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Vertical scalability enables the addition of resources to a VM, but different hypervisors impose different limits on the amount of resources that you can allocate.
Vertical scalability, also known as scaling up, refers to assigning additional resources to a VM to make that VM bigger. It's the virtualization equivalent of adding processor sockets and dual in-line memory modules to an existing server. You can create vertical scalability quickly and easily using the hypervisor's management GUI or command-line console, but vertical scalability is finite. Hypervisors impose specific limitations on the resources that you can allocate to each VM.
Consider the limits for a popular hypervisor such as VMware ESXi 6.7. Each VM can support up to 128 virtual CPUs, 6.1 TB of memory, VM disk file sizes up to 62 TB and up to 10 virtual network interface controllers (NICs).
Recent vSphere releases vastly expanded storage support. VMware vSphere still supports up to four virtual SCSI adapters per VM, but each VM can handle up to 64 virtual SCSI targets per adapter. This brings it up to 256 virtual SCSI targets in total.
More recent versions of vSphere added support for virtual nonvolatile memory (NVMe), which supports up to four virtual NVMe adapters and up to 15 virtual NVMe targets per adapter. This brings it up to 60 virtual NVMe adapters in total.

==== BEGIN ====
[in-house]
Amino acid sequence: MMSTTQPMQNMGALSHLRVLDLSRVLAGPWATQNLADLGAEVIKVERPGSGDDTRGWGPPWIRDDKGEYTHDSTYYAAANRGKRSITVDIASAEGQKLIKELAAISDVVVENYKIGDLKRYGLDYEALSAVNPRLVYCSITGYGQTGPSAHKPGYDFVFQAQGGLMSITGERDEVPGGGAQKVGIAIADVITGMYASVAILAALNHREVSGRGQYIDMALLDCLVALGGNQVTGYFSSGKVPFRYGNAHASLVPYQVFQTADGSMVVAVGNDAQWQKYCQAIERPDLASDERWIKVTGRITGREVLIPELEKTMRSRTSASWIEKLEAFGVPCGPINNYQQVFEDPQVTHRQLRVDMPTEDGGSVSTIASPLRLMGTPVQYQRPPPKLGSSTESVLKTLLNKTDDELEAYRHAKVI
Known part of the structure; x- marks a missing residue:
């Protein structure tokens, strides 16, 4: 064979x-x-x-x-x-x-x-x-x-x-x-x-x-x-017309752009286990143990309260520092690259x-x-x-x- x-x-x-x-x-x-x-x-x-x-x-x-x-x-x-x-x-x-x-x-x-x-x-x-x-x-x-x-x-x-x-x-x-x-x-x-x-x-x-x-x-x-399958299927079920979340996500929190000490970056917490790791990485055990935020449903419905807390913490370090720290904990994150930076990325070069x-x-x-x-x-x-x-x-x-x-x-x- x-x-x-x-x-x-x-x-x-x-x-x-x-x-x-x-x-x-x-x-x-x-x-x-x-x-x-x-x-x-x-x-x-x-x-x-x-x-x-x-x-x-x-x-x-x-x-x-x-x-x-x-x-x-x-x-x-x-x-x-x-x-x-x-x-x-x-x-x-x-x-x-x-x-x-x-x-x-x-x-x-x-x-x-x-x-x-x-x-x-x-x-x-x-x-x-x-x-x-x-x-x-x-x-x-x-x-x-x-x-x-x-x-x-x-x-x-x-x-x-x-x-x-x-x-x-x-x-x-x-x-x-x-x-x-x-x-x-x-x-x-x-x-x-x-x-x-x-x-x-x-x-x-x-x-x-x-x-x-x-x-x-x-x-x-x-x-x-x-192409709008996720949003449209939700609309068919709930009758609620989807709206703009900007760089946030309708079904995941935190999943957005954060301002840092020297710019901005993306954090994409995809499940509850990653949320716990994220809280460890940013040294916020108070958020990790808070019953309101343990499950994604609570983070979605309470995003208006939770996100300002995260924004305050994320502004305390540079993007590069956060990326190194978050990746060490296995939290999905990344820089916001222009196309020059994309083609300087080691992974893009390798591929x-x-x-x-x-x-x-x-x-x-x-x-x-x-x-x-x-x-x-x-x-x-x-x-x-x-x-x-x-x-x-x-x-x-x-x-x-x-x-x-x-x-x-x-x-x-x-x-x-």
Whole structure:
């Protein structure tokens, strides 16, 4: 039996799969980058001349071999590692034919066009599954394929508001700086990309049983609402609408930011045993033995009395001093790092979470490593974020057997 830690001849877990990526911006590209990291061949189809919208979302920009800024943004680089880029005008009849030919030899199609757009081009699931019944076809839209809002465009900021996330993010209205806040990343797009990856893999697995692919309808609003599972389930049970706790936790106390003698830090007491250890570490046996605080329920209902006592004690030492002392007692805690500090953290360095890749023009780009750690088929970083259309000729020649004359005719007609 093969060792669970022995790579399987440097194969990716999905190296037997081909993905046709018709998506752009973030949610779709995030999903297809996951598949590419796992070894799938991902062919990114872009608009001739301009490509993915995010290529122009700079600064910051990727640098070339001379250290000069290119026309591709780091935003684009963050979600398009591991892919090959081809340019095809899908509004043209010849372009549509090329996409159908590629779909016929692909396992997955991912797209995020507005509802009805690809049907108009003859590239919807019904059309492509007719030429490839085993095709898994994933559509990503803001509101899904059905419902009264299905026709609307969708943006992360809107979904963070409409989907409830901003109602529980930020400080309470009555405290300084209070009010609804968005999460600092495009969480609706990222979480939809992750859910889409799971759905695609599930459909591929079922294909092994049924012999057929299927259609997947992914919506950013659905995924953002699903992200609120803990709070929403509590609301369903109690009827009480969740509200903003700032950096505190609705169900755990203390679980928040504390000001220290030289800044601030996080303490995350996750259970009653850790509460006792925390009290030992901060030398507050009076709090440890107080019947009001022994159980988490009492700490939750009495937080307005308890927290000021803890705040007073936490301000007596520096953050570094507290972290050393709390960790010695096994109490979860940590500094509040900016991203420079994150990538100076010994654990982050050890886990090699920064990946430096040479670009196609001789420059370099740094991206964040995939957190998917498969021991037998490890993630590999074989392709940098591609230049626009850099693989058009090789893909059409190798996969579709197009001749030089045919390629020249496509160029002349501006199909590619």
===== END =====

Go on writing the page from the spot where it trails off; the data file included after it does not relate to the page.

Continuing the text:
These are absolute vertical scalability limits for each VM running under a particular hypervisor, and different hypervisors impose different limits for the VMs. For example, the vertical scalability limits are slightly different for a generation two VM using Hyper-V under Windows Server 2016. Each VM can support up to 240 virtual CPUs, 12 TB of memory, VM disk file sizes up to 64 TB, and up to 12 virtual NICs, including both legacy and Hyper-V-specific network adapters. Hyper-V VMs can also support up to four virtual SCSI controllers with a total of 256 virtual SCSI disks.
Get up to speed on scalability
Your storage technology might be limiting your ability to scale. Examine your hardware's limitations before attempting vertical or horizontal scaling. It might be necessary to upgrade your hardware or reorganize disk groups.
Scaling can be a costly process. Analyze costs and benefits in the context of your workloads' needs to determine how much scaling will suit your environment. Retrospective evaluation can then help you make future decisions.
A cost-benefit analysis might point you in a direction between scale out and scale up, but further analysis is necessary. Monitoring tools make this much easier. Take advantage of the objective data they provide to make an informed decision about scaling strategy.
In practical terms, however, it's rare to scale a VM anywhere near its absolute limits. Most enterprise workloads don't require -- or cannot practically use -- such extensive resources.
Even when the workload could use such extensive resources, it's often better practice to scale out rather than up. Horizontal scaling spreads out the workload to multiple VMs -- preferably on different physical servers -- to meet the workload's performance demands. This strategy also improves the workload's availability and resilience by eliminating the single point of failure from having one huge vertically-scaled VM.
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